Donte Devan Mitchell v. Commonwealth of Virginia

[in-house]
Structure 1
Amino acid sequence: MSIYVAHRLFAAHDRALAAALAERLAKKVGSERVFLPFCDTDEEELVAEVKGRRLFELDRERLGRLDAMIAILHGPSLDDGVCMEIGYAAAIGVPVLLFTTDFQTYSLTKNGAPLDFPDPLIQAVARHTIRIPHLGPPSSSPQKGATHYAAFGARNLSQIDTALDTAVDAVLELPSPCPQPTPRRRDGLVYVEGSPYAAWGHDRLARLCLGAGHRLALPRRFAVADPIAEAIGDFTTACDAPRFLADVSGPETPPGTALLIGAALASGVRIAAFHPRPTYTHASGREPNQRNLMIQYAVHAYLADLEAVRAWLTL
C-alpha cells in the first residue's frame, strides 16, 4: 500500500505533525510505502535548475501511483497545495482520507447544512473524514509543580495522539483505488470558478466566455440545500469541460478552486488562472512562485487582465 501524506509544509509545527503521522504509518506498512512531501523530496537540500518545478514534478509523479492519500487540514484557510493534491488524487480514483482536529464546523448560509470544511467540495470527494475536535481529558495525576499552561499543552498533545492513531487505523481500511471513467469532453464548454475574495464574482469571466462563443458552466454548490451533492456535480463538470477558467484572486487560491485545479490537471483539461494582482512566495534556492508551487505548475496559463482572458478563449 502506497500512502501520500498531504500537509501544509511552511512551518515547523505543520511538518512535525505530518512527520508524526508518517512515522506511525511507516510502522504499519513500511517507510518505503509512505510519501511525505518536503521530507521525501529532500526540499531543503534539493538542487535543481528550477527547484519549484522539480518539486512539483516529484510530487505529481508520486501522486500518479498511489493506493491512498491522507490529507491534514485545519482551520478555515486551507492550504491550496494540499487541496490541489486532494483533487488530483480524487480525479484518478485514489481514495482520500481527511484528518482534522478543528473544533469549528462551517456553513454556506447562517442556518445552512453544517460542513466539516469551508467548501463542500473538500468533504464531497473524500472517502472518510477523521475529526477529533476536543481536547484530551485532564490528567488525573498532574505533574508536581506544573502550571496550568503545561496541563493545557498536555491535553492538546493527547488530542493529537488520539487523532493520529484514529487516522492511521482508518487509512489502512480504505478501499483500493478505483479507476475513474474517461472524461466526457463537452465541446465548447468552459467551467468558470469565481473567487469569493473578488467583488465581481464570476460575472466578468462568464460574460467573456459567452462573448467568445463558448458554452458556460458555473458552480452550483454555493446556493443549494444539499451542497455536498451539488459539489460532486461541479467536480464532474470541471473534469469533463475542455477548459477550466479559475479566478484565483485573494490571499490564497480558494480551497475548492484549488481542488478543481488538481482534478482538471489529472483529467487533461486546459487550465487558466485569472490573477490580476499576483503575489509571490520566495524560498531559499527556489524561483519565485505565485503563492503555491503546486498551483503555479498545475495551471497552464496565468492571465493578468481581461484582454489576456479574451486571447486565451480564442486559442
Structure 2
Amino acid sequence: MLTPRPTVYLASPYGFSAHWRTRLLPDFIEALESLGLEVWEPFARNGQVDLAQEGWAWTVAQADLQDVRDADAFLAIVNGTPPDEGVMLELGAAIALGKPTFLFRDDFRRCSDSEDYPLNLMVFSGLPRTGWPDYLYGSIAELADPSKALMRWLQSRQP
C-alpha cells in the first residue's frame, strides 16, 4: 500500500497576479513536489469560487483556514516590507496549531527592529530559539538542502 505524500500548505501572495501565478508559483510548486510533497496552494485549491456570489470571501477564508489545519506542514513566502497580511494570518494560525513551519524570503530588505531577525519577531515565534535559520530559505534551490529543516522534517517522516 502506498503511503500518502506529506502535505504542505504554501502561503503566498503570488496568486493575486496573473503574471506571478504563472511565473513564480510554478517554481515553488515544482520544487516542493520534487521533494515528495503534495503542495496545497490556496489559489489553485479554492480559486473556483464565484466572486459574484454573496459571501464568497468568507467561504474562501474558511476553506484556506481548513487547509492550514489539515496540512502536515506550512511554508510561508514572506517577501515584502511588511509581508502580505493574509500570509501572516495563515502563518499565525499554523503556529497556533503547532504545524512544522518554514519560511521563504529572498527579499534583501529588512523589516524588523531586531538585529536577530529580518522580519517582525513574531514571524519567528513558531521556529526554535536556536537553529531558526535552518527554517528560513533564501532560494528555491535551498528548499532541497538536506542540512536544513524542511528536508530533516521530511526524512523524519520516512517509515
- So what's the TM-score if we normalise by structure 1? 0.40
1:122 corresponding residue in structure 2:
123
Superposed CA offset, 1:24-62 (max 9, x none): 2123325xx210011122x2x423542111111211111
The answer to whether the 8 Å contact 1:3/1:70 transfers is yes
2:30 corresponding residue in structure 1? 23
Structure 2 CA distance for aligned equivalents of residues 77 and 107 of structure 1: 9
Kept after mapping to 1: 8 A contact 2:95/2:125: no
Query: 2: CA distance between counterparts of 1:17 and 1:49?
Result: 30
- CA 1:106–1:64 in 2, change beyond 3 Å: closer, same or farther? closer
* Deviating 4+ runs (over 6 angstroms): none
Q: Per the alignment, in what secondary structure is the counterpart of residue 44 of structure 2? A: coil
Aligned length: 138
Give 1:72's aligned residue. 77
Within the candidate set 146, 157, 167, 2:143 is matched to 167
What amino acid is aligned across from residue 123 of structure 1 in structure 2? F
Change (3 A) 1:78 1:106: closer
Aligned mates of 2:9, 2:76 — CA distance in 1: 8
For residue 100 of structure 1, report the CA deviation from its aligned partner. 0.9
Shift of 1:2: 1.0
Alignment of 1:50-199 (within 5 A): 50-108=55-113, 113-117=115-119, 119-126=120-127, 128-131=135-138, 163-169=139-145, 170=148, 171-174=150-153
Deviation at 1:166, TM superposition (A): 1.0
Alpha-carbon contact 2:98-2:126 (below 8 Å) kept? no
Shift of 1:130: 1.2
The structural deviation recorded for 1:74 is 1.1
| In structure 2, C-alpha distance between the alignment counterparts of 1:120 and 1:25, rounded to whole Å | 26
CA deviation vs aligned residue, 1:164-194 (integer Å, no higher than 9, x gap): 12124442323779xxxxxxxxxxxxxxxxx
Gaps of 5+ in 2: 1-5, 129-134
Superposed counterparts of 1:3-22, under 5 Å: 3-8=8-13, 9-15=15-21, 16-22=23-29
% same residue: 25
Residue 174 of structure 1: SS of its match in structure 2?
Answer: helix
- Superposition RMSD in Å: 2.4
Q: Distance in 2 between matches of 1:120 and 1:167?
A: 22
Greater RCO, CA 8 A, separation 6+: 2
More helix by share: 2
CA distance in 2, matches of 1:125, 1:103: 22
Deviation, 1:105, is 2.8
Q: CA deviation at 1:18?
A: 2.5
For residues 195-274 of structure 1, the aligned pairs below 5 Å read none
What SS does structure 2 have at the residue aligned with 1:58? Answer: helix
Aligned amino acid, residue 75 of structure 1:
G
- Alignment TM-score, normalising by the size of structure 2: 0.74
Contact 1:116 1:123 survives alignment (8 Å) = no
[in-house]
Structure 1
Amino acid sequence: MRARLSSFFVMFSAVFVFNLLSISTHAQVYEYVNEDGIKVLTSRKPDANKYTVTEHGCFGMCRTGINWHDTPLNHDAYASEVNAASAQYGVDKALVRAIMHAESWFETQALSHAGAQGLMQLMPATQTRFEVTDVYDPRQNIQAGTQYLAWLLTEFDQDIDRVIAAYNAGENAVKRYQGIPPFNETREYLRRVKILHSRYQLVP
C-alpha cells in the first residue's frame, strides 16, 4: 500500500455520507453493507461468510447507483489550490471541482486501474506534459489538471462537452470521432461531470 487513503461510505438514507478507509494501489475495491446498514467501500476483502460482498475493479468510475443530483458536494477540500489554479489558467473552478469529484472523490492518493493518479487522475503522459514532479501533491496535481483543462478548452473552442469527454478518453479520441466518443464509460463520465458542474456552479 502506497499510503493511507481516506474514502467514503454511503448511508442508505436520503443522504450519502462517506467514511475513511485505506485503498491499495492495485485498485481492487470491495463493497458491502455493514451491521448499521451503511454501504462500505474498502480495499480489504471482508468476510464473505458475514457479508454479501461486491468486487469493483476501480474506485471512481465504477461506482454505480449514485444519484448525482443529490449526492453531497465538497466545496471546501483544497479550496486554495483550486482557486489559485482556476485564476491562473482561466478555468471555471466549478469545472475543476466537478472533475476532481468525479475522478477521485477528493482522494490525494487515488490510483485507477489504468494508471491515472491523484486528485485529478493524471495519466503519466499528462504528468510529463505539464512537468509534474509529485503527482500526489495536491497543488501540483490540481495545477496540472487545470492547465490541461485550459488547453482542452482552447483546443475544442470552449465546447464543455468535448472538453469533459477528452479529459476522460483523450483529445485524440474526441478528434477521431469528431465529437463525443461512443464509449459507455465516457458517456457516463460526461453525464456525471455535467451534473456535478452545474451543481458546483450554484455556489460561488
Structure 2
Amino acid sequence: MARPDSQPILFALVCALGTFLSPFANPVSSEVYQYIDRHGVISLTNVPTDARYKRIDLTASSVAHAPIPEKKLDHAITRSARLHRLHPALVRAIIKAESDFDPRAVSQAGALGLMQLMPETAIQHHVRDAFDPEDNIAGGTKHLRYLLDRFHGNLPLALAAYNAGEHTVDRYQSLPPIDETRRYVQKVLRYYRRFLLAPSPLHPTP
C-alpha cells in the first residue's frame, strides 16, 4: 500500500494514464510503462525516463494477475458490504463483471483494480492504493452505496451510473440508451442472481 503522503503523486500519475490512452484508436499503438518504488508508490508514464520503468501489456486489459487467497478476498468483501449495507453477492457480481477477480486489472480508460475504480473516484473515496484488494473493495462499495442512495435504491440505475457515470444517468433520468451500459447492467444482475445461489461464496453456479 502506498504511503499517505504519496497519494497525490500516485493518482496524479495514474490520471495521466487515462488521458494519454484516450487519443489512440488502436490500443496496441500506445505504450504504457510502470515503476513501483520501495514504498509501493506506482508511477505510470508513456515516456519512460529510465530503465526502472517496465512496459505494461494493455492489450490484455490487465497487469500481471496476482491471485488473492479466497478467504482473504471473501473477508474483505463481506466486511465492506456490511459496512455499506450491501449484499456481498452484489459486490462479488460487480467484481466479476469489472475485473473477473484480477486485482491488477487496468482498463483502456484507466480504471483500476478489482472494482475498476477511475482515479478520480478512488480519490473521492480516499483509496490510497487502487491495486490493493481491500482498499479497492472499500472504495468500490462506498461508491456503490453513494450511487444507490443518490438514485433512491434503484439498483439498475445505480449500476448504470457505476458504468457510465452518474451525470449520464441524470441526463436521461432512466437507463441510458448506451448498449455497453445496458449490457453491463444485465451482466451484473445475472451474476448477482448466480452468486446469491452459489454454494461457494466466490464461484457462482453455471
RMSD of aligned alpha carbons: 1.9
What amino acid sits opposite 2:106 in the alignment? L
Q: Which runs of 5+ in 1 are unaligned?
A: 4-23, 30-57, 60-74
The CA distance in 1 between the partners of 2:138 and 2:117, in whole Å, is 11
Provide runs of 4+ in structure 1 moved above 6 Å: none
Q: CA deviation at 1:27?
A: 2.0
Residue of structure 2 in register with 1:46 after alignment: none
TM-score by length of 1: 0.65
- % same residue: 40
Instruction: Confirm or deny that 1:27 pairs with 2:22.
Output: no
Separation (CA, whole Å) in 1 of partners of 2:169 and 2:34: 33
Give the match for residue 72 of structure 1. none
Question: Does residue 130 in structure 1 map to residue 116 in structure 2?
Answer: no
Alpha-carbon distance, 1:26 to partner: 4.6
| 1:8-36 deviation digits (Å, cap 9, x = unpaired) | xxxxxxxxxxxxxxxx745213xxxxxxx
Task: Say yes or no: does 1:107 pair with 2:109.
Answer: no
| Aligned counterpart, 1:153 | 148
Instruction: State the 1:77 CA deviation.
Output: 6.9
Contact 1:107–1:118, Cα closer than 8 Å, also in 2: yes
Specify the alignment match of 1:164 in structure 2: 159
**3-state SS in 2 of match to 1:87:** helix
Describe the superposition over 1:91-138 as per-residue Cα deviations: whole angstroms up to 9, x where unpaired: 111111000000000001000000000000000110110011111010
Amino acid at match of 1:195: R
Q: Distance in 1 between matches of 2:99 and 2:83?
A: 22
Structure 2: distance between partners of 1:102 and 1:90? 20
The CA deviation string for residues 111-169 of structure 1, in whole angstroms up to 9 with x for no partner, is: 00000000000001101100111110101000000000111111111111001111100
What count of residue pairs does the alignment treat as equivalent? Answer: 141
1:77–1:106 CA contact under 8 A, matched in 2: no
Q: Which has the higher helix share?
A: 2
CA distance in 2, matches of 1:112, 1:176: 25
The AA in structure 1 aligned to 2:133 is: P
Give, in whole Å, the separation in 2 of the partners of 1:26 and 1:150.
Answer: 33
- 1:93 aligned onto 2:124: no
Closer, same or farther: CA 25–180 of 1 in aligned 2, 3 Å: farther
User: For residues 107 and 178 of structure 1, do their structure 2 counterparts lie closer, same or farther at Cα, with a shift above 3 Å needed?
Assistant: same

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COURT OF APPEALS OF VIRGINIA Present: Judges Petty, Beales and Alston Argued at Chesapeake, Virginia DONTE DEVAN MITCHELL v. OPINION BY JUDGE ROSSIE D. ALSTON, JR. JULY 3, 2012 Record No. 1400-11-1 COMMONWEALTH OF VIRGINIA FROM THE CIRCUIT COURT OF THE CITY OF PORTSMOUTH James C. Hawks, Judge (Patricia A. Cannon, on brief), for appellant. Appellant submitting on brief. Aaron J. Campbell, Assistant Attorney General (Kenneth T. Cuccinelli, II, Attorney General, on brief), for appellee. Donte Devan Mitchell (appellant) appeals his conviction for use of a firearm in the commission of a robbery in violation of Code § 18.2-53.1, arguing that the evidence was insufficient to prove that he in fact used a firearm. Based on appellant s counsel s failure to cite sufficient legal authority in support of appellant s argument on brief, we find that appellant has waived review of this issue and decline to address it. I. Background On appeal, we review the evidence in the light most favorable to the Commonwealth. Whitfield v. Commonwealth, 57 Va. App. 396, 400, 702 S.E.2d 590, 592 (2010) (quoting Commonwealth v. Hudson, 265 Va. 505, 514, 578 S.E.2d 781, 786 (2003)). Appellant was convicted of robbery and use of a firearm in the commission of a robbery based upon an incident at a Subway restaurant in August 2010. At trial, Jessica Shannon, the restaurant s cashier, testified that appellant approached the cash register, asked Shannon for change, and then demanded all the money in the drawer. Shannon stated that appellant, who was wearing baggy clothing, pretended to have or did have a gun underneath his shirt. Appellant had concealed his right hand under his loose-fitting T-shirt so that Shannon could see only a protrusion pointed directly at her. Shannon candidly testified that she could not see appellant s hand under his shirt at all. Shannon testified that she believed there could have been a gun under appellant s shirt and that she complied with appellant s demands because she was afraid of being shot or beaten. Appellant never verbally threatened to shoot Shannon, and Shannon did not testify that she actually saw a firearm in appellant s possession. When the trial court asked Shannon whether she saw a gun in appellant s hand when he reached for the money in the register, Shannon replied, No. Another store clerk, Kristin Brown, testified that she saw appellant reaching for the money in the register but did not testify that she saw appellant with a firearm. On appeal, appellant challenges his conviction for use of a firearm in the commission of a robbery. 1 II. Analysis Rule 5A:20(e) requires that an appellant s opening brief contain [t]he standard of review and the argument (including principles of law and authorities) relating to each assignment of error. If [appellant] believe[s] that the circuit court erred, it [is his] duty to present that error to us with legal authority to support [his] contention. Fadness v. Fadness, 52 Va. App. 833, 851, 667 S.E.2d 857, 866 (2008). A court of review is entitled to have the issues clearly defined and to be cited pertinent authority. The appellate court is not a 1 Appellant s petition for appeal regarding the sufficiency of the evidence in support of his conviction for robbery was denied by an order of this Court dated January 12, 2012. -2- depository in which the appellant may dump the burden of argument and research. To ignore such a rule by addressing the case on the merits would require this court to be an advocate for, as well as the judge of the correctness of, [appellant s] position on the issues he raises. Jones v. Commonwealth, 51 Va. App. 730, 734-35, 660 S.E.2d 343, 345 (2008) (quoting People v. Trimble, 537 N.E.2d 363, 364 (Ill. App. Ct. 1989) (internal citations omitted)), aff d in part and vacated in part, 279 Va. 52, 60, 688 S.E.2d 269, 273 (2010). Unsupported assertions of error do not merit appellate consideration. Id. at 734, 660 S.E.2d at 345 (quoting Buchanan v. Buchanan, 14 Va. App. 53, 56, 415 S.E.2d 237, 239 (1992)). The argument in appellant s opening brief consisted, in its entirety, of the following statement: STANDARD OF REVIEW SUFFICIENCY OF THE EVIDENCE: The Commonwealth is required to prove each and every element of the offenses beyond a reasonable doubt. Strawderman v. Commonwealth, 200 Va. 855, 108 S.E.2d 376 (1959). DISCUSSION OF THE ISSUE THE COURT ERRED IN DENYING THE DEFENSE MOTION TO STRIKE THE COMMONWEALTH S CASE BECAUSE THE EVIDENCE WAS INSUFFICIENT TO PROVE BEYOND A REASONABLE DOUBT THAT THE DEFENDANT USED A FIREARM IN THE COMMISSION OF A ROBBERY. ([P]reserved at App. 75-78, 110-112). Code § 18.2-53.1, in pertinent part, provides that: It shall be unlawful for any person to use or attempt to use any pistol, shotgun, rifle, or other firearm or display such weapon in a threatening manner while committing or attempting to commit . . . robbery. In the instant case, the only evidence presented to establish the use of a firearm was the testimony of the clerk that the defendant had his hand under his shirt when he told her to give him the money and there was a protrusion in her direction. Immediately afterwards, the defendant leapt onto he [sic] counter, and with the same hand the clerk testified that he had up under his -3- shirt, grabbed money from the drawer. The defendant never stated he had a gun, no gun was ever seen by either clerk, and the evidence in fact proved beyond a reasonable doubt that he did not have a gun in his hand. (Appellant s Br. at 8-9). Thus, the only legal authorities cited in appellant s opening brief were Strawderman v. Commonwealth, 200 Va. 855, 108 S.E.2d 376 (1959), and Code § 18.2-53.1. Not only are these citations insufficient to satisfy Rule 5A:20(e), but appellant s counsel s citation to Strawderman pertains to the burden of proof in a criminal prosecution, rather than the standard of review on appeal. In addition, counsel also waived oral argument, thus precluding an opportunity for counsel to supplement the glaring deficiencies of the brief through formal oral argument before this Court. Even the most cursory research on the issue raised by appellant would have revealed published authority addressing his argument. See Courtney v. Commonwealth, 281 Va. 363, 706 S.E.2d 344 (2011); Powell v. Commonwealth, 268 Va. 233, 602 S.E.2d 119 (2004); Yarborough v. Commonwealth, 247 Va. 215, 441 S.E.2d 342 (1994); McBride v. Commonwealth, 24 Va. App. 603, 484 S.E.2d 165 (1997); Elmore v. Commonwealth, 22 Va. App. 424, 470 S.E.2d 588 (1996); Byers v. Commonwealth, 23 Va. App. 146, 474 S.E.2d 852 (1996); Cromite v. Commonwealth, 3 Va. App. 64, 348 S.E.2d 38 (1986). In fact, the Commonwealth s brief contained a discussion of some of these same cases, alerting appellant to their relevance. It is well established in the Commonwealth of Virginia that evidence that an individual may have had a firearm in his possession creates merely a suspicion of guilt. Yarborough, 247 Va. at 218-19, 441 S.E.2d at 344. Moreover, the fact that a victim merely thought that an assailant was armed is insufficient to prove that he actually possessed a firearm. Id. To be sure, counsel could have, at a minimum, relied on Yarborough or any of the cases cited supra in -4- support of her argument that the evidence in the instant case was insufficient to prove appellant s guilt. Instead, appellant s brief is utterly devoid of any case law or legal argument with which to judge the correctness or viability of appellant s position on the issues he raises on appeal. While we recognize that failure to comply with Rule 5A:20(e) is not jurisdictional, Jay v. Commonwealth, 275 Va. 510, 520, 659 S.E.2d 311, 317 (2008), strict compliance with the rules permits a reviewing court to ascertain the integrity of the parties assertions[,] which is essential to an accurate determination of the issues raised on appeal. Jones, 51 Va. App. at 735, 660 S.E.2d at 345 (quoting Trimble, 537 N.E.2d at 364). Counsel s failure to cite sufficient legal authority, as required by Rule 5A:20(e), is so significant in this case that we are compelled to find that appellant has waived [his] right to have these issues reviewed by this Court. Fadness, 52 Va. App. at 851, 667 S.E.2d at 866. III. Conclusion For the foregoing reasons, we hold that appellant has waived consideration of his argument under Rule 5A:20(e). Therefore, the judgment of the trial court is affirmed. Affirmed. -5-